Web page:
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Egypt's Copt Crisis

Interviewee: Steven A. Cook, Hasib J. Sabbagh Senior Fellow for Middle Eastern Studies
Interviewer: Toni Johnson, Senior Staff Writer
January 6, 2011

Egypt is on high alert after clashes between Coptic Christians and security forces following the New Year's Day bombing of a Coptic Church in Alexandria that killed more than twenty people. Senior Fellow Steven Cook says rumors about an Egyptian woman being forced to convert from Islam to Christianity and held against her will may have prompted threats by al-Qaeda-linked groups against the sect and could have been "a contributing factor" in the Alexandria bombing. Still, says Cook, "it is in [Egypt's] regime's interest to say this is the work of foreign elements." He notes that as components of al-Qaeda have ties in Egypt, and there are often sectarian flare-ups in the country, "it is entirely possible this could be a homegrown phenomenon."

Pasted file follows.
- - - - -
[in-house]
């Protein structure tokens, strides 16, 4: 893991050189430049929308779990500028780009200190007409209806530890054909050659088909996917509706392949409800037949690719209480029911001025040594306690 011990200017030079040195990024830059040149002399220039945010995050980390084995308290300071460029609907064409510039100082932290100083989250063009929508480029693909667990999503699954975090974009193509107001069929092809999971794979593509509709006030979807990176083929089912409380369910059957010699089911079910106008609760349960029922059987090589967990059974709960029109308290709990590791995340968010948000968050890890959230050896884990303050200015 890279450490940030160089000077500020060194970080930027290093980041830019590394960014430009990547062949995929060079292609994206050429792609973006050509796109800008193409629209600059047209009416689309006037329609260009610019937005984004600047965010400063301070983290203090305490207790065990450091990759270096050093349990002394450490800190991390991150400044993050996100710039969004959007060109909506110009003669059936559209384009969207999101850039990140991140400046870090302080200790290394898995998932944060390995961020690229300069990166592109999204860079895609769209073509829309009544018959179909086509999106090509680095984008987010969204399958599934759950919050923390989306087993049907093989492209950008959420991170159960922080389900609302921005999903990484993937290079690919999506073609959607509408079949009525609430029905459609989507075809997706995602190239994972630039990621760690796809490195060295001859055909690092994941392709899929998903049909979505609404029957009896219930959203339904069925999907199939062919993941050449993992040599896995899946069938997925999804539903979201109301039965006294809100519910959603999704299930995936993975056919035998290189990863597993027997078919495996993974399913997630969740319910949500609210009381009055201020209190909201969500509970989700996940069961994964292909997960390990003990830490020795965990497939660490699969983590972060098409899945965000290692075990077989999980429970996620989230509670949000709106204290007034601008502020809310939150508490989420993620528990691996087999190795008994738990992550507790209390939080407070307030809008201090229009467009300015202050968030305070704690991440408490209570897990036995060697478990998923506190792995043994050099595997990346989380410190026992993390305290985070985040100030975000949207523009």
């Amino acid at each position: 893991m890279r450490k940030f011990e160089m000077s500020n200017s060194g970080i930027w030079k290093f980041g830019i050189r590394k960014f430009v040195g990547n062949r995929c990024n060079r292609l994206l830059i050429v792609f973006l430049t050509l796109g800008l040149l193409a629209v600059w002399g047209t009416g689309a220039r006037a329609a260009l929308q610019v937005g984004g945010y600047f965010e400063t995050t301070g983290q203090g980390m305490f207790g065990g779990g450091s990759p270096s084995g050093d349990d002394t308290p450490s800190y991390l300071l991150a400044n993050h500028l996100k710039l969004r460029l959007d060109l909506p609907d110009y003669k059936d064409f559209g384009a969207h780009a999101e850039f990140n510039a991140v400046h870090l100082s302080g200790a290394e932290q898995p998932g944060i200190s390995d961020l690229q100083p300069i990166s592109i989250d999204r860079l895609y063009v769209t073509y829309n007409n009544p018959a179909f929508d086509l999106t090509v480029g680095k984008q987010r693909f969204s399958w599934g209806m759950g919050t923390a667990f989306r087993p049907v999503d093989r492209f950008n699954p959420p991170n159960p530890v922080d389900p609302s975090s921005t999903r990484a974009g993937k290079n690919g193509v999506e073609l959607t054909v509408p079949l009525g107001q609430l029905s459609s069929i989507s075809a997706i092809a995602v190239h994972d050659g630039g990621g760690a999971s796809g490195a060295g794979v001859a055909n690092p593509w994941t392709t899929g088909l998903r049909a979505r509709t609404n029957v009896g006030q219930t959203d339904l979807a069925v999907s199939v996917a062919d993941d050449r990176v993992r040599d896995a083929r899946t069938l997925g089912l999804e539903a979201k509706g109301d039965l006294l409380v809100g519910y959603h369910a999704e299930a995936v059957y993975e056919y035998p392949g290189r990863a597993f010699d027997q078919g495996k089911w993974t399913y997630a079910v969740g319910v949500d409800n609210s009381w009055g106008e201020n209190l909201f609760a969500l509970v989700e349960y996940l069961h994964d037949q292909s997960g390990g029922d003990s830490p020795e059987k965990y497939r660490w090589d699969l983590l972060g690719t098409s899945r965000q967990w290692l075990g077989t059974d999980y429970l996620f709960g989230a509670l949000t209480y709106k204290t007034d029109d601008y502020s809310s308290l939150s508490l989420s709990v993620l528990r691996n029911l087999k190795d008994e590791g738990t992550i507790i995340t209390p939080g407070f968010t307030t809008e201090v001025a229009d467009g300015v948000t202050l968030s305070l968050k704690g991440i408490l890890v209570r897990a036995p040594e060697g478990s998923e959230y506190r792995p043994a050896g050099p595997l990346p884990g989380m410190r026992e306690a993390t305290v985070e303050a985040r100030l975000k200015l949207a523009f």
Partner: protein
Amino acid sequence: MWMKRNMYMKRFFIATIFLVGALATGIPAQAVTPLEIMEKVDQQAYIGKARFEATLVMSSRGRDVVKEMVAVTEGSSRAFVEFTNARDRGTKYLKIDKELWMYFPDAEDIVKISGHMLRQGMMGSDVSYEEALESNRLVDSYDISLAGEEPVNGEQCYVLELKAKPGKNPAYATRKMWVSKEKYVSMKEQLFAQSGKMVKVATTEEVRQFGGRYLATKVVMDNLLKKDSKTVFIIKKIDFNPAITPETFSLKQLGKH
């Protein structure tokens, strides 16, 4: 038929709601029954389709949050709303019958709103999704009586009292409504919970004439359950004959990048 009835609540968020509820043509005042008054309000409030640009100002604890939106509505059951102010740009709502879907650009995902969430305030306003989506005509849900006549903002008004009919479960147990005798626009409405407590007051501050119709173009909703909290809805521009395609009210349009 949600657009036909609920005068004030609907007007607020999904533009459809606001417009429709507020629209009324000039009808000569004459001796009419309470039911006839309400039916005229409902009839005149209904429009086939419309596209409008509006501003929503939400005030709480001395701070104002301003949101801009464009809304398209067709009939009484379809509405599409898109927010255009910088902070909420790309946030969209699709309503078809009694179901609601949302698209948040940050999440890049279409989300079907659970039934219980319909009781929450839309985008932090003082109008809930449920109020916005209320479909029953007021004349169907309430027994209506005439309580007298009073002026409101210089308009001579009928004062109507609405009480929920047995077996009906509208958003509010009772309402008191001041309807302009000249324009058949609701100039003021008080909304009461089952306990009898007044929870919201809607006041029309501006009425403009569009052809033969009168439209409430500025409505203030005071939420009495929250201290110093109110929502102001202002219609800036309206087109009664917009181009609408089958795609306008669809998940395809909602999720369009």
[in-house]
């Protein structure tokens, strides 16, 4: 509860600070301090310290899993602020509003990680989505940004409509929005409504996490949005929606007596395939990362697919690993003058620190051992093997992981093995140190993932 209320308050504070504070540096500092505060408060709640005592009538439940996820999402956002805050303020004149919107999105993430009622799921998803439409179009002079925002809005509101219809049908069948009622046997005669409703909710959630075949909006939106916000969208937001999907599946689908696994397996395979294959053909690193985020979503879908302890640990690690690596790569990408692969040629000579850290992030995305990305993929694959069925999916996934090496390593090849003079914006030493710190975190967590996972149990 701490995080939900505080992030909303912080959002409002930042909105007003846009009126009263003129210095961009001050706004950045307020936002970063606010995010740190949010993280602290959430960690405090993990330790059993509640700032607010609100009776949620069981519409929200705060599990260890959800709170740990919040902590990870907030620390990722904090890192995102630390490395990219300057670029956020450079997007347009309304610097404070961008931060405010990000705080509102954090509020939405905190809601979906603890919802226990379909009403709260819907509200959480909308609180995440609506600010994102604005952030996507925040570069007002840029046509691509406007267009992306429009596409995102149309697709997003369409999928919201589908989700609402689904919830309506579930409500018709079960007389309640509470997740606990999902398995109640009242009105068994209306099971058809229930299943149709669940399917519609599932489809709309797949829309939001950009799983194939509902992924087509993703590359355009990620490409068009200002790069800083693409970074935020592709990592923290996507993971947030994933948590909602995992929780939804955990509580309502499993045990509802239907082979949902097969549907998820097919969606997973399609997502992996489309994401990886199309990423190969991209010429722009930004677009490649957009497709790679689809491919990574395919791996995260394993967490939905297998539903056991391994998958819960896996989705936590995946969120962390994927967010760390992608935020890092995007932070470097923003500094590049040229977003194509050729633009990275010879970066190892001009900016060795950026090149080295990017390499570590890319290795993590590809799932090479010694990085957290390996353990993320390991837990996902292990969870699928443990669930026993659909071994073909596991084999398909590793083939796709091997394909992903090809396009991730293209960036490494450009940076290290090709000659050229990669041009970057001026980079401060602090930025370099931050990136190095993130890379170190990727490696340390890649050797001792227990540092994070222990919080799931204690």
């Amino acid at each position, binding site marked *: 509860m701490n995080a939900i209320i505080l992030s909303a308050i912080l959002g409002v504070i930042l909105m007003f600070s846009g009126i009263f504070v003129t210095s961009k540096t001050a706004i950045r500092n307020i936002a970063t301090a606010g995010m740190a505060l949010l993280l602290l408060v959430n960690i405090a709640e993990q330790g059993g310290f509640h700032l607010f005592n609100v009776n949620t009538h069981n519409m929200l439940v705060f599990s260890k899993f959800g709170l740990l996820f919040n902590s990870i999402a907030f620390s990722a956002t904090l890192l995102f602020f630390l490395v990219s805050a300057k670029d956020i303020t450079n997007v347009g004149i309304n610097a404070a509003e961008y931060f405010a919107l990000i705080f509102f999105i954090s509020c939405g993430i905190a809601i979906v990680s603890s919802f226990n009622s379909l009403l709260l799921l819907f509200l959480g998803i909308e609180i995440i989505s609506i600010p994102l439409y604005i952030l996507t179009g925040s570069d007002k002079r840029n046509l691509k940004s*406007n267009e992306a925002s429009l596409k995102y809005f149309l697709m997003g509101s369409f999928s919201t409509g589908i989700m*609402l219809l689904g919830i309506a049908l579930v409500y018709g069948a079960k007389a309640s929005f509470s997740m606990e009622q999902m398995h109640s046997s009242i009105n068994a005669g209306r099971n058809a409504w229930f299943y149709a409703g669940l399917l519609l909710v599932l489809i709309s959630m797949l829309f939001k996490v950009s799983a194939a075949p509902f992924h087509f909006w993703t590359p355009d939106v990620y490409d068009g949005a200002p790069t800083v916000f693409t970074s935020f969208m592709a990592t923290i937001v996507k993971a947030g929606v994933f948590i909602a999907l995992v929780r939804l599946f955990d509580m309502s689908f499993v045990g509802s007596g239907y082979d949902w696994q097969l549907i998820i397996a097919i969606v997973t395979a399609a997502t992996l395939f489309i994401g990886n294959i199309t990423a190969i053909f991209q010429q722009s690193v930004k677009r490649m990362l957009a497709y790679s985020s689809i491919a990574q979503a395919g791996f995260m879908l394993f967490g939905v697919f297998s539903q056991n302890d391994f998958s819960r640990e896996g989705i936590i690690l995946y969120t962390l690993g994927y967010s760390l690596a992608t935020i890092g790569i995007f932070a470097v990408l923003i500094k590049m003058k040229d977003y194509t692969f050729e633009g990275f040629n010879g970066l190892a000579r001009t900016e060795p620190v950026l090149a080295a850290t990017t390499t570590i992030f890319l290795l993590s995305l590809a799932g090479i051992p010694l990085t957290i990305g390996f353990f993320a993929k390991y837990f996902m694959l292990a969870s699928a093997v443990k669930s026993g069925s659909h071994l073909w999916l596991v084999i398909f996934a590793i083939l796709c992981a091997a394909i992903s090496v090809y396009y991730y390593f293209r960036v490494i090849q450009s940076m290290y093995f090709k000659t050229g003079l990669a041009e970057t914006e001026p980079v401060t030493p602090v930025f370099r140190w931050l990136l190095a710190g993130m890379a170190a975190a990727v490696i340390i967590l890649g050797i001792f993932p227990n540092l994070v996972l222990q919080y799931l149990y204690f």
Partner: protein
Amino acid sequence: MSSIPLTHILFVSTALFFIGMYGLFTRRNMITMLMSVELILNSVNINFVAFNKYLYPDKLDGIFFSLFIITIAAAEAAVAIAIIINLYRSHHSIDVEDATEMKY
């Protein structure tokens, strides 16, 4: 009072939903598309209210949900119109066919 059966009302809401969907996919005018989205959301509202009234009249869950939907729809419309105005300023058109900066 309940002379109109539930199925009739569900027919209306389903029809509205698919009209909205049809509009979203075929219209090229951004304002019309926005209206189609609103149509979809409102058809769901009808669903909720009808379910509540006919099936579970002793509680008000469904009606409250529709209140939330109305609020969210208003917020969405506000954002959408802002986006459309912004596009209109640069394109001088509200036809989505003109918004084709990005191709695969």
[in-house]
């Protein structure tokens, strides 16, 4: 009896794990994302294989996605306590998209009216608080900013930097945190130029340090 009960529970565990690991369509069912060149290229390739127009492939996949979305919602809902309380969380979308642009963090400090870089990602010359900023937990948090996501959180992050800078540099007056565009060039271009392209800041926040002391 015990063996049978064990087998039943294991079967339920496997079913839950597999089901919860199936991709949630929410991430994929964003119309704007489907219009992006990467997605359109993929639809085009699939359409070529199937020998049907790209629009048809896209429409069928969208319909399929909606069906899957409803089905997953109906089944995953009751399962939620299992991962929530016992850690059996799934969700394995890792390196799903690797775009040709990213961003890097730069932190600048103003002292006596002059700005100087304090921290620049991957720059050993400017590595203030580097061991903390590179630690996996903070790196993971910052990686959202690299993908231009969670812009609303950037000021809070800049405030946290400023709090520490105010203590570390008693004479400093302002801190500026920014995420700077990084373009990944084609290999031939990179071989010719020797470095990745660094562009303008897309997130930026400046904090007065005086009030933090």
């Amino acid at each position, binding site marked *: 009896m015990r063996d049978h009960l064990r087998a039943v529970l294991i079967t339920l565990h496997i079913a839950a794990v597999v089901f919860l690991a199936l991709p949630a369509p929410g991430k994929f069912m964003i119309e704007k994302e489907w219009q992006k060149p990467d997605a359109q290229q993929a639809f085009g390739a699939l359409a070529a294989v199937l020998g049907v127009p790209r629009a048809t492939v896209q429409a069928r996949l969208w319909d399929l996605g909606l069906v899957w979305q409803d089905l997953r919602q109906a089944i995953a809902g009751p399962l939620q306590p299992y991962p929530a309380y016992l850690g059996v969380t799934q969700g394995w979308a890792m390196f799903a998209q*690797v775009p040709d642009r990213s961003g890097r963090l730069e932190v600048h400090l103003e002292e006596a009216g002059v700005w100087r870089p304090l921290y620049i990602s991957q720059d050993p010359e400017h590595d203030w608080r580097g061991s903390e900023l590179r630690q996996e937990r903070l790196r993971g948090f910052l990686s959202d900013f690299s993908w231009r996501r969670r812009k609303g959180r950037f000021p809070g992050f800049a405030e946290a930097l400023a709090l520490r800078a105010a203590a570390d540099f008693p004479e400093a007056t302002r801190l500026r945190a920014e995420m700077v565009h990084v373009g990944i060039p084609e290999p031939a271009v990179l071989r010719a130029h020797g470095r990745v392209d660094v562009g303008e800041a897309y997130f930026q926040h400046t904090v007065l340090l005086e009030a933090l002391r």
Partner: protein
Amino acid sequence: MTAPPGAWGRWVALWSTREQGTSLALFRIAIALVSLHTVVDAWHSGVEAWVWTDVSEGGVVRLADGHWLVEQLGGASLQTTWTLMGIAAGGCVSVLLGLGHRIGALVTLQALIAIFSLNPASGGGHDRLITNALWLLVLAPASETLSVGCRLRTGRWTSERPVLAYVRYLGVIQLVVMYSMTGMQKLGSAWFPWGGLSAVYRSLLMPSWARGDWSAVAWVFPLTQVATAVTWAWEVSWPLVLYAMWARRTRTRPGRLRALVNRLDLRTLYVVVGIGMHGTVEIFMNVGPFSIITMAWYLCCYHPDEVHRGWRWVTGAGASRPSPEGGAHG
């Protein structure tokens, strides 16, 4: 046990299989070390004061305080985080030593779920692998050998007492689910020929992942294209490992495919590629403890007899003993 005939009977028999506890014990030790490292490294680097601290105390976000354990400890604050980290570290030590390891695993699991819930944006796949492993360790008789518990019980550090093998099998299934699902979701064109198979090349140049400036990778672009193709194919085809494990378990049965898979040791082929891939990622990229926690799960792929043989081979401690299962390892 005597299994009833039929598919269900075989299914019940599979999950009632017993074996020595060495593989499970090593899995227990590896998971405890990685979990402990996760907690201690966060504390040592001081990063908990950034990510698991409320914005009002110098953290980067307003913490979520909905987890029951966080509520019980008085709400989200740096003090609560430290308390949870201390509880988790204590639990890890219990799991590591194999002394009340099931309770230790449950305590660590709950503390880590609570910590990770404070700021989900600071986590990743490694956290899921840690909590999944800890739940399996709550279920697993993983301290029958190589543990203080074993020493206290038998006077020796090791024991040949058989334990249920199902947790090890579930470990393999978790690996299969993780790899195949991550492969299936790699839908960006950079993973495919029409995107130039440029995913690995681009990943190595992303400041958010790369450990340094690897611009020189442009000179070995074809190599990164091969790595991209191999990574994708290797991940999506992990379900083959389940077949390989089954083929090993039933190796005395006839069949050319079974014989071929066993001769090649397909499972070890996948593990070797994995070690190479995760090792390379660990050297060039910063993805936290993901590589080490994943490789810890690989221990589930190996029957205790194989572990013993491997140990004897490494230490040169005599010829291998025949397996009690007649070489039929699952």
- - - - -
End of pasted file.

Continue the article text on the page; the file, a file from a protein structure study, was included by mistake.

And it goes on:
Similar unrest in Egypt followed the murder of seven Coptic Christians over the rape of a Muslim girl in December 2009. Cook notes that sectarian tensions are an everyday feature of Egyptian political and religious life, and that most Copts face "institutional discrimination" as well as a political environment in which Islamism has been allowed to flourish.

He says the government would prefer to handle these attacks individually as the work of extremists and ignore potential underlying causes. "This one of those political pathologies that is confronting Egypt right now," says Cook. "People like [Mohamed] ElBaradei, who is a reformer, believe the way to resolve these issues is through a more open, democratic, and tolerant political society." Shortly before the bombing, ElBaradei, former head of the International Atomic Energy Agency who returned to Egypt last year and entered politics as an opposition figure, wrote a Washington Post op-ed decrying the lack of Egyptian democracy and the poor political representation of Copts in reaction to what Cook says were deeply flawed parliamentary elections.

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